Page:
This is a service landscape map.
Services rarely, if ever, exist in a void. They exist within a context. A landscape.
Service landscape maps capture and illustrate that wider context and allow us to see the complexity at play, and to develop a better understanding of the user’s whole experience.
Let’s take an example that most adults in the UK will experience on several occasions in their life: Apply online for a UK passport.
No-one wakes up in the morning and thinks “I think I’ll renew my passport today.” They use the service for only one reason: they are going to travel abroad, and their passport has expired, or is about to.
So anyone using the service is almost certainly doing so in the context of planning to travel overseas. Which means they are almost certainly doing some or all of these things:
- Researching possible holiday destinations
- Comparing flights
- Looking at hotels
- Looking into travel insurance
- Searching for car rental
- Applying for visas and other travel documents
- Arranging vaccinations or inoculations
So we can see that our user is involved in a wide range of activities, and that renewing their passport is just one item on a long todo list. But what about the people involved?
Putting people in the picture
It’s quite probable that they our passport renewer is not acting alone. A spouse or partner, family or friends are probably also involved. There will be discussions, (dis)agreements, allocation of tasks.
There are thousands of civil servants who manage and run the passport service for the Home Office. And there are also many other organisations who provide services that our traveller will need: travel websites, hotel firms, travel agents, insurance companies, overseas governments, car hire firms …
So we’ve gone from a simple picture of one person using one service to do one thing, to a much bigger, messier picture of many people interacting with services and other people in a complex, dynamic system.
Service landscape maps help us make sense of this, showing who’s involved at each stage of the user’s experience, and what their part is.
We can also consider the wider social, economic and cultural context, and use it to help us spot gaps in the service, or areas for improvement, or even entirely new opportunities.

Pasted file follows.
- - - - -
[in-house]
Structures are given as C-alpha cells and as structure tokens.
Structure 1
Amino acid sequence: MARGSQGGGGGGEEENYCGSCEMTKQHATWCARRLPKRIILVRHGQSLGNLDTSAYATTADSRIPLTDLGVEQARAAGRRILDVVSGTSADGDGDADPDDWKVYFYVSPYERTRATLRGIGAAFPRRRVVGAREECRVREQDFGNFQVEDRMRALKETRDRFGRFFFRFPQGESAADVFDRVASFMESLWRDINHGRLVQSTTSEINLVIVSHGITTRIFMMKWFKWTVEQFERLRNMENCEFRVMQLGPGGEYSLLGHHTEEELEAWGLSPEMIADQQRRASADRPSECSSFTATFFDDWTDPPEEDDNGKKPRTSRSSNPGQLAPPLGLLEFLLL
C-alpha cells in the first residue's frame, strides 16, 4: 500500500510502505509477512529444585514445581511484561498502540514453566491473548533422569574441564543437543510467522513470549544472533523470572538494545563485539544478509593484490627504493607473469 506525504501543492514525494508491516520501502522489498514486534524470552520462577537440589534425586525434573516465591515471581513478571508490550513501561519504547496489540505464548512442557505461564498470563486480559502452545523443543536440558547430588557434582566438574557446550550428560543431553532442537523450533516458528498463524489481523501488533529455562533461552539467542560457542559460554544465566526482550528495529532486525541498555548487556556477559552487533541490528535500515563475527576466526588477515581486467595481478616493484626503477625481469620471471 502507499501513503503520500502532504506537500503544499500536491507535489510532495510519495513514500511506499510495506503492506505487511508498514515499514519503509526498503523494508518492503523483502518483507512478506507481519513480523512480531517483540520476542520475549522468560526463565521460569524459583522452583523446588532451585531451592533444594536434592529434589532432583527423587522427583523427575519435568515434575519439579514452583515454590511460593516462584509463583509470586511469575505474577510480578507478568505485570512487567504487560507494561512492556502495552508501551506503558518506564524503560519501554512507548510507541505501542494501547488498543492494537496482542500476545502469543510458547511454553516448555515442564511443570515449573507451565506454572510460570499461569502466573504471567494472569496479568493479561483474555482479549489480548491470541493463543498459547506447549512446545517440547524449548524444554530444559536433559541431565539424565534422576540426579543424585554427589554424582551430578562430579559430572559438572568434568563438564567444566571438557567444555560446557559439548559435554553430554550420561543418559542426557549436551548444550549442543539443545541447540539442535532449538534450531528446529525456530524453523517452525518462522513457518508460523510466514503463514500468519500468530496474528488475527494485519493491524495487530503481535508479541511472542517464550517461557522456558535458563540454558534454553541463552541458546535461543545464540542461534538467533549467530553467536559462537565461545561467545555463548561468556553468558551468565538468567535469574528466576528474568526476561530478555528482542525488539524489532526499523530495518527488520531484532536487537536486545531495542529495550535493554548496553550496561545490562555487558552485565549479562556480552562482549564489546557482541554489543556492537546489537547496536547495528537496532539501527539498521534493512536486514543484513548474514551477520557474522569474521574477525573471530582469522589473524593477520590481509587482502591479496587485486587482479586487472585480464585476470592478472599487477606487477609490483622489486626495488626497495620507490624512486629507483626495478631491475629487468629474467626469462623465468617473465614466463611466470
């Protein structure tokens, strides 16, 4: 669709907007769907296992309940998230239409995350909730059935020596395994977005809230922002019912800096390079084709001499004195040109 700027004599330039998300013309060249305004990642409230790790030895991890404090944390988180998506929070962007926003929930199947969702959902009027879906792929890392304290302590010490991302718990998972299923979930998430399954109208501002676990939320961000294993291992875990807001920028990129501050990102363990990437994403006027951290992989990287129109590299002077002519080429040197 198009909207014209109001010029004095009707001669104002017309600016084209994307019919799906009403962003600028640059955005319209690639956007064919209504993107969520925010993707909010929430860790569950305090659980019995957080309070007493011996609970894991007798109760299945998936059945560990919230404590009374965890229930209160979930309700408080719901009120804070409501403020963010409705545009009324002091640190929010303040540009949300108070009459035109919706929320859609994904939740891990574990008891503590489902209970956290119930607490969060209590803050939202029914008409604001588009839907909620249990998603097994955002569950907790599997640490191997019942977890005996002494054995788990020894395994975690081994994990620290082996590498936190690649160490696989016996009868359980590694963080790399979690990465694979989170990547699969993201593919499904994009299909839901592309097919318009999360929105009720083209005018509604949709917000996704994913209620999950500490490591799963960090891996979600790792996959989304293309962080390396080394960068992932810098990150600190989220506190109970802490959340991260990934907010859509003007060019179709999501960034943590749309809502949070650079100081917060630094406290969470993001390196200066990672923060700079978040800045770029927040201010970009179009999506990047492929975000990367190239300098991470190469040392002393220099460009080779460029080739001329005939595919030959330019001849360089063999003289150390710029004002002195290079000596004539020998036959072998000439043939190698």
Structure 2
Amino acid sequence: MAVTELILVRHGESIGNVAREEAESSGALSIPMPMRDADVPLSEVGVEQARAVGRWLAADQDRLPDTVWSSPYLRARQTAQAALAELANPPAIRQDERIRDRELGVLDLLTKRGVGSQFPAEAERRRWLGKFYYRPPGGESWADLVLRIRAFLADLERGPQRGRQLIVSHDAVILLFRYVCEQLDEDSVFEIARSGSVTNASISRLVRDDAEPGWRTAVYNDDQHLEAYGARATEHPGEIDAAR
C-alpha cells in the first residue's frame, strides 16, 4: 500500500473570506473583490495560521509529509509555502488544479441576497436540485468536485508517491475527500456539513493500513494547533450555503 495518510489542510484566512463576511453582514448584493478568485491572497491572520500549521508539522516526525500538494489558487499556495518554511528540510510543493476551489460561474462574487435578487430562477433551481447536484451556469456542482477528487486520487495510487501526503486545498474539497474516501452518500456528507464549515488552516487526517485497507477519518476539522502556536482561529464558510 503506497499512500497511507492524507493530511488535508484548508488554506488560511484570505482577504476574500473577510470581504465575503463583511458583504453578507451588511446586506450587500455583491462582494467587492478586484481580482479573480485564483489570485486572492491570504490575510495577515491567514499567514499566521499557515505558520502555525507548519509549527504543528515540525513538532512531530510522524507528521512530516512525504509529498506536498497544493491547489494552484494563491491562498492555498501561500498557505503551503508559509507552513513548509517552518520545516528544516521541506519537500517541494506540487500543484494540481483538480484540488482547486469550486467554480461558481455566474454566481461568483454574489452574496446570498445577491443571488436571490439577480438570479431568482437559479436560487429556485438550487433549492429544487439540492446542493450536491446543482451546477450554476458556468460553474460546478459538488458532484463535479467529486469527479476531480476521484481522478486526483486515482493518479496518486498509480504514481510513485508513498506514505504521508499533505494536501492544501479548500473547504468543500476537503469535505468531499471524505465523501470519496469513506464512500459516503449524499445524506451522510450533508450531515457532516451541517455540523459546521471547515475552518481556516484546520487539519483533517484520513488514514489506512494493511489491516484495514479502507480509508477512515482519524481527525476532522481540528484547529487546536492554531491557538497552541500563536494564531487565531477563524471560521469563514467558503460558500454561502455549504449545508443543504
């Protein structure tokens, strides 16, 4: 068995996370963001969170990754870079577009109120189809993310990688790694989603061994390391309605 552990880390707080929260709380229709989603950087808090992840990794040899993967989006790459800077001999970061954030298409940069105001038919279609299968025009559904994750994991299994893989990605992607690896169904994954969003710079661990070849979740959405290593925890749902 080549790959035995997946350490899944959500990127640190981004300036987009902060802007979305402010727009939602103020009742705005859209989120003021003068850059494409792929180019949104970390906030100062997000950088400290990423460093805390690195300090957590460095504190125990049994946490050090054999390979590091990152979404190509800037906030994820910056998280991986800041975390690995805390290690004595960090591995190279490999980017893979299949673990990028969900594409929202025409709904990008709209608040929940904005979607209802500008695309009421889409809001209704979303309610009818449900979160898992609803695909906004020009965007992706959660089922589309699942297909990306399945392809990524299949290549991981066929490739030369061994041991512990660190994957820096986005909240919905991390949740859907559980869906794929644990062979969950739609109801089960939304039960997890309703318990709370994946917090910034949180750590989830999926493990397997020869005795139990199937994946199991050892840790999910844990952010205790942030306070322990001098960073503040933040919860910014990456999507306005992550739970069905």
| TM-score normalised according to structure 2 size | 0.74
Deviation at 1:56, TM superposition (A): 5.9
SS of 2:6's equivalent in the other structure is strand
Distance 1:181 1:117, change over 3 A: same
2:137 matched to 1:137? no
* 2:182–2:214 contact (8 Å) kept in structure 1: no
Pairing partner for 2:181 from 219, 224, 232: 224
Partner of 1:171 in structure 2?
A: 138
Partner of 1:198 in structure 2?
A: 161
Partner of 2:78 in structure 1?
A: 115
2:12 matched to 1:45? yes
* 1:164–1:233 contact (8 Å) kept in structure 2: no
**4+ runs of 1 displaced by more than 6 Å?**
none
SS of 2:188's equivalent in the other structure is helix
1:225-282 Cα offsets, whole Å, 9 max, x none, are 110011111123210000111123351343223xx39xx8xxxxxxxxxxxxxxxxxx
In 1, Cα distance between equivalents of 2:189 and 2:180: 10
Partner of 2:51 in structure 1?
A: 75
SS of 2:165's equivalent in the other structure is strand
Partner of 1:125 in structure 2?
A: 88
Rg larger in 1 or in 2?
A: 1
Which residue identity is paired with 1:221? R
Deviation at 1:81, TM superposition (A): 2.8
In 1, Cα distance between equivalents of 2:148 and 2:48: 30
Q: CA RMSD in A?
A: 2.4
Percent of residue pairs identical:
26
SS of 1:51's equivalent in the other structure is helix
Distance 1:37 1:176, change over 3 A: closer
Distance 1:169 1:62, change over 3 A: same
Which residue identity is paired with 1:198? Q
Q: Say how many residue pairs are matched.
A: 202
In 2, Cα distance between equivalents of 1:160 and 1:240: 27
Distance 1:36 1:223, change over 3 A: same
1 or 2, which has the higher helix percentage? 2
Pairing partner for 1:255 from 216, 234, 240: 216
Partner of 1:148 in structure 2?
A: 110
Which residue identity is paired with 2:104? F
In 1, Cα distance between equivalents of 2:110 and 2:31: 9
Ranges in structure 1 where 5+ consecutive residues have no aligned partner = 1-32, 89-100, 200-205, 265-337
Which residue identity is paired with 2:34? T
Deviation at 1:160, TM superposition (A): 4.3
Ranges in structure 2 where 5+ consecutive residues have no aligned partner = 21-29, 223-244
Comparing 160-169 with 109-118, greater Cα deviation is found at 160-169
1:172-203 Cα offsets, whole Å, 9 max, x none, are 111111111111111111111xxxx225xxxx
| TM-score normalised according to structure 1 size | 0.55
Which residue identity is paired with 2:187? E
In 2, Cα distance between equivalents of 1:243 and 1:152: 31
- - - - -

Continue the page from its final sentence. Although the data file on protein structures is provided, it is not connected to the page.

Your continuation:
For instance, in the UK just now, prices are rising, and wages are not keeping pace. Also, the passport service is struggling under the weight of demand and difficulty recruiting. So people are looking for opportunities to save money, and the passport service could use a bit of slack to get through its backlog.
Can we use this knowledge to create a second tier of the service, which has a longer delivery time but at a £20 discount? We could promote this service through search marketing to users when they are sill at the researching destinations stage of their journey.
After all, if you’re researching a holiday that’s six months away, you can afford to wait 12 weeks for your passport rather than 8.
Using service landscape maps
We have created 2 templates for service landscape maps, for Miro and Adobe Illustrator.
- Service landscape map template for Miro (521Kb .rtb backup file)
- Service landscape map template for Adobe Illustrator (2.9Mb .ai Illustrator document)
To use the Miro template, download the .rtb file then, from your Miro dashboard, choose Upload from backup. Learn more about using Miro backups.
(We’ve submitted the template to Miroverse, and will update this post once it’s approved.)
To use the Illustrator template, you will need to have Adobe Illustrator installed on your computer. Note: the Illustrator template differs from the version shown here, it was created by Martin Kerr.
There’s also a PDF version of this template:
- Service landscape map (PDF, 143Kb)
Martin Kerr did most of the work on our first iteration of this with the Illustrator prototype. I just built on that in Miro for a recent piece of work which I thought was worth sharing more widely.
No licence needed. It’s yours. Take it to good places.